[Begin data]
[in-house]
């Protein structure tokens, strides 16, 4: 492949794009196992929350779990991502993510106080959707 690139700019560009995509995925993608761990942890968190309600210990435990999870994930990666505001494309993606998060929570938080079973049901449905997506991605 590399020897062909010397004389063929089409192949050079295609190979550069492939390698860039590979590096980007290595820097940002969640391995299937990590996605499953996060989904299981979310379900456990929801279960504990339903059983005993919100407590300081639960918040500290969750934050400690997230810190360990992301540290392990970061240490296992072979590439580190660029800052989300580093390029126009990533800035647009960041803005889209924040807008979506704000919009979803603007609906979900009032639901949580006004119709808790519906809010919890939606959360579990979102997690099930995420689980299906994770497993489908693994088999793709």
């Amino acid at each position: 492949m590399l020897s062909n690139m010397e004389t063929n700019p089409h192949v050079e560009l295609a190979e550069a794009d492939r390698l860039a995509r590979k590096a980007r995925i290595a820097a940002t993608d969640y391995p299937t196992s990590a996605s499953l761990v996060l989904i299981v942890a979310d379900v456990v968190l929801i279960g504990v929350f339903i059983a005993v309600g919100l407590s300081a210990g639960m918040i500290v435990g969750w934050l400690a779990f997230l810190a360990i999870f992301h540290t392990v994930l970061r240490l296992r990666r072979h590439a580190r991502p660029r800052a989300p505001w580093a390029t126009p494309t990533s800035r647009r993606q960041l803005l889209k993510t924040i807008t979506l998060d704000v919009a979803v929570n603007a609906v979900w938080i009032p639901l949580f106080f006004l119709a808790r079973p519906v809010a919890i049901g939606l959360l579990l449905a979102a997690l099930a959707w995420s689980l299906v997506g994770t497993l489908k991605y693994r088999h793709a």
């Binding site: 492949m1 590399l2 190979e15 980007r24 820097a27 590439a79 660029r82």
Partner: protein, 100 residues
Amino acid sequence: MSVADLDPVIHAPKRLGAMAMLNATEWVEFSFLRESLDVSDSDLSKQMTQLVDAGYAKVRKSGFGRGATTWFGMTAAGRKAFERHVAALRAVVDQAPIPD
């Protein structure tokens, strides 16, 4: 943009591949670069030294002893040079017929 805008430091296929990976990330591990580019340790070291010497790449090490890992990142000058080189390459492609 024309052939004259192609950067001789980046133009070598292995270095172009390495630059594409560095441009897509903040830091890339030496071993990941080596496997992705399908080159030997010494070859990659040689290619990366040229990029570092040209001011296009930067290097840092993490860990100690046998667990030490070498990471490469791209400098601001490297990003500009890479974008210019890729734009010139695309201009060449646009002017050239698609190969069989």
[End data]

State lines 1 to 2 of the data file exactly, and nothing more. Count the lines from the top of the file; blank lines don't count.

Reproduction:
[in-house]
């Protein structure tokens, strides 16, 4: 492949794009196992929350779990991502993510106080959707 690139700019560009995509995925993608761990942890968190309600210990435990999870994930990666505001494309993606998060929570938080079973049901449905997506991605 590399020897062909010397004389063929089409192949050079295609190979550069492939390698860039590979590096980007290595820097940002969640391995299937990590996605499953996060989904299981979310379900456990929801279960504990339903059983005993919100407590300081639960918040500290969750934050400690997230810190360990992301540290392990970061240490296992072979590439580190660029800052989300580093390029126009990533800035647009960041803005889209924040807008979506704000919009979803603007609906979900009032639901949580006004119709808790519906809010919890939606959360579990979102997690099930995420689980299906994770497993489908693994088999793709």